Blueberries. Kale. Chia. Quinoa. Salmon. Almonds. These foods have all increased in popularity within the past few years because they’ve been dubbed “superfoods” by some doctor or Instagram fitness model or nutritionist to the stars. But are superfoods really that super?
The definition of a superfood is:
A food that is nutritionally dense, and therefore, good for one’s health.
This definition is really vague. Doctors, as well as the American Hearth Association, say that there isn’t any set criteria for deciding what counts as a superfood and what doesn’t, but most of the time, the superfood will have desirable nutrients, prevent disease, or offer other health benefits. Most proclaimed superfoods offer large amounts of vitamins, antioxidants, fiber, and healthy fats.
According to this Harvard article, the word “superfood” originated from a marketing campaign for bananas during World War I. The United Fruit Company wanted to promote how cheap, easy, nutritious, and versatile bananas were, so they published pamphlets called Points About Bananas and Food Value of Banana. But it was after medical journals began using the term superfood to describe the banana’s healing qualities that the popularity of the word took off.
We’ve come a long way since bananas. There are new superfoods emerging every month or so thanks to the speed of the internet. Mostly plant based superfoods (blueberries, whole grains, squash, nuts, pomegranate) have taken over, but there are some fish (salmon, sardines, mackerel) and dairy based (Greek yogurt) ones as well.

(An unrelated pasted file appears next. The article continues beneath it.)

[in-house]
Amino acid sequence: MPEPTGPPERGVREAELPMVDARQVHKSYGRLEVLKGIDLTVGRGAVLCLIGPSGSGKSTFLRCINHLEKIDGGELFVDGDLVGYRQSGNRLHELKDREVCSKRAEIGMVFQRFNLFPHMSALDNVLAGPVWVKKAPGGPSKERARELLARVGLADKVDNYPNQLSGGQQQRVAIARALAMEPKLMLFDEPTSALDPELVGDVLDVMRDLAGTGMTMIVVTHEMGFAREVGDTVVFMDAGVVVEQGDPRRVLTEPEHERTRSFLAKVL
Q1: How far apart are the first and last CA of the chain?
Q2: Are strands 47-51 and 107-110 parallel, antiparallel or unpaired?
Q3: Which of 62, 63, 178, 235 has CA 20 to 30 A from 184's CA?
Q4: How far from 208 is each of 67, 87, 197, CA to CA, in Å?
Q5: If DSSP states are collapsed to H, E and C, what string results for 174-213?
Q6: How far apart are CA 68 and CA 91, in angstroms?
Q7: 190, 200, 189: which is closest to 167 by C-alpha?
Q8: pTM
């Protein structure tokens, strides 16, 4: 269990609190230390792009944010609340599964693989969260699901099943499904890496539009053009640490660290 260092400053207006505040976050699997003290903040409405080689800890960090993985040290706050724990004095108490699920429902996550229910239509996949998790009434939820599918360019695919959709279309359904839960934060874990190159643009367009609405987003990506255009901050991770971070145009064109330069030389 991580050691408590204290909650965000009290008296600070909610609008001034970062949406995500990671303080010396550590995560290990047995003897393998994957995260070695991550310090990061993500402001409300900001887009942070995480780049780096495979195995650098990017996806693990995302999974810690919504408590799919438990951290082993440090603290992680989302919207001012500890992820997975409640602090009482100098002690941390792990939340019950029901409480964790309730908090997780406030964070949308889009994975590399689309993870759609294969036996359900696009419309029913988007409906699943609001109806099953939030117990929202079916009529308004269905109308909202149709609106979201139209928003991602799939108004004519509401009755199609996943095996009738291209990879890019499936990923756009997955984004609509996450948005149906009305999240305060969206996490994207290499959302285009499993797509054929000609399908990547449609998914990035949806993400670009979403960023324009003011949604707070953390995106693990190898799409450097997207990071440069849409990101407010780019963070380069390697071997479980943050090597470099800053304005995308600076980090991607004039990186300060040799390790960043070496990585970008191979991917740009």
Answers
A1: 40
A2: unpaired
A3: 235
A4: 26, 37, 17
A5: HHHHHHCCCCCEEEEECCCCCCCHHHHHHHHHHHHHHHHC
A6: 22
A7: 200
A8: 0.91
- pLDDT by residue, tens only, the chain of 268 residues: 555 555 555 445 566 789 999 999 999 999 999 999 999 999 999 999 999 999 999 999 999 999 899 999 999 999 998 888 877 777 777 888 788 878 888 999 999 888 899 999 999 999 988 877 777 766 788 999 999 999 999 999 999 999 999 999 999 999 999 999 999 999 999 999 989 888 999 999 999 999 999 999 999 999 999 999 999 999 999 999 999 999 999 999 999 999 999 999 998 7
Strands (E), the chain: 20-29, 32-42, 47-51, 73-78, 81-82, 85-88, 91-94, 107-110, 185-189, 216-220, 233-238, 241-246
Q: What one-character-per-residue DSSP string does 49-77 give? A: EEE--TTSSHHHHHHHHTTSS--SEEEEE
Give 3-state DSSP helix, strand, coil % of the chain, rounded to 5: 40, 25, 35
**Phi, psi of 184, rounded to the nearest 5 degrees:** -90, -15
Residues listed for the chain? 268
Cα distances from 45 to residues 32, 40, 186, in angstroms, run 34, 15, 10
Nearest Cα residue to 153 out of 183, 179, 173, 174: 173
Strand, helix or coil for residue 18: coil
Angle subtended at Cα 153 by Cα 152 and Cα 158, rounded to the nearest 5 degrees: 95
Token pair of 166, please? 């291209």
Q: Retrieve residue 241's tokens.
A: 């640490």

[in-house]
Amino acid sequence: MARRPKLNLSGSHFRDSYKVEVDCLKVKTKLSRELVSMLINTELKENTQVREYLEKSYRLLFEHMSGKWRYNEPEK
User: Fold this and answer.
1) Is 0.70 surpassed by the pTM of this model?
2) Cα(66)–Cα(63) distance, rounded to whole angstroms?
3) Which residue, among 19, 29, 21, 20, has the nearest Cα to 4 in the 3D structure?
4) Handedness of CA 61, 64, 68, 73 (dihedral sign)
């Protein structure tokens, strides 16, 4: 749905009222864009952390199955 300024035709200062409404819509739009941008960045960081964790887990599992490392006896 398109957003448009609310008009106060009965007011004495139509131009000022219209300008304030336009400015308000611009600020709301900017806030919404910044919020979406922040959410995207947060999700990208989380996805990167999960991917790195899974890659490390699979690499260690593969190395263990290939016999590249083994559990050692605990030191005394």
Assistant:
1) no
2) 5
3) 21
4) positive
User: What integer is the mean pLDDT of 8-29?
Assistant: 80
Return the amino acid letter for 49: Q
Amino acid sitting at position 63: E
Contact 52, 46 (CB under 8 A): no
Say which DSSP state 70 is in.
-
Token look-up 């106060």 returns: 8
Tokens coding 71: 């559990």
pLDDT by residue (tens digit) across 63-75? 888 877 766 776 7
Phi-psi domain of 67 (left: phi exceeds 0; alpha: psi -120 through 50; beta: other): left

It’s no surprise that superfoods drive huge amounts of revenue. In the above Harvard article, it also said that according to a Nielson survey, consumers are willing to pay more for foods perceived as healthy, and health claims on labels seem to help. Consumers also see healthy foods as medicine, decreasing the likelihood of diabetes, obesity, and other diseases. “Superfood” is not a word used by scientists, just marketing gurus, which is why sales skyrocket for a newly proclaimed superfood.
Labeling a food as a superfood creates the idea that they can be eaten in unlimited quantities. But instead of eating just superfoods, consumers have to focus on creating a well rounded diet by eating a variety of grains, fruits, veggies, and proteins. If you only eat superfoods, your diet is going to get really boring really quickly, not to mention that you might actually consume too much or too little of a certain nutrient.
The word itself, superfood, is appealing. It gets people excited to eat a nutritious food that promotes weight loss or inhibits disease. But really, superfoods are just a marketing tactic, and you shouldn’t fall for it. The ideal diet is largely plant based and includes a wide variety of foods. Just because it isn’t labeled “super” doesn’t mean that it isn’t a good for you food! Brussels sprouts and chicken can be just as nutritious and healthy as kale and salmon.
Also published on Medium.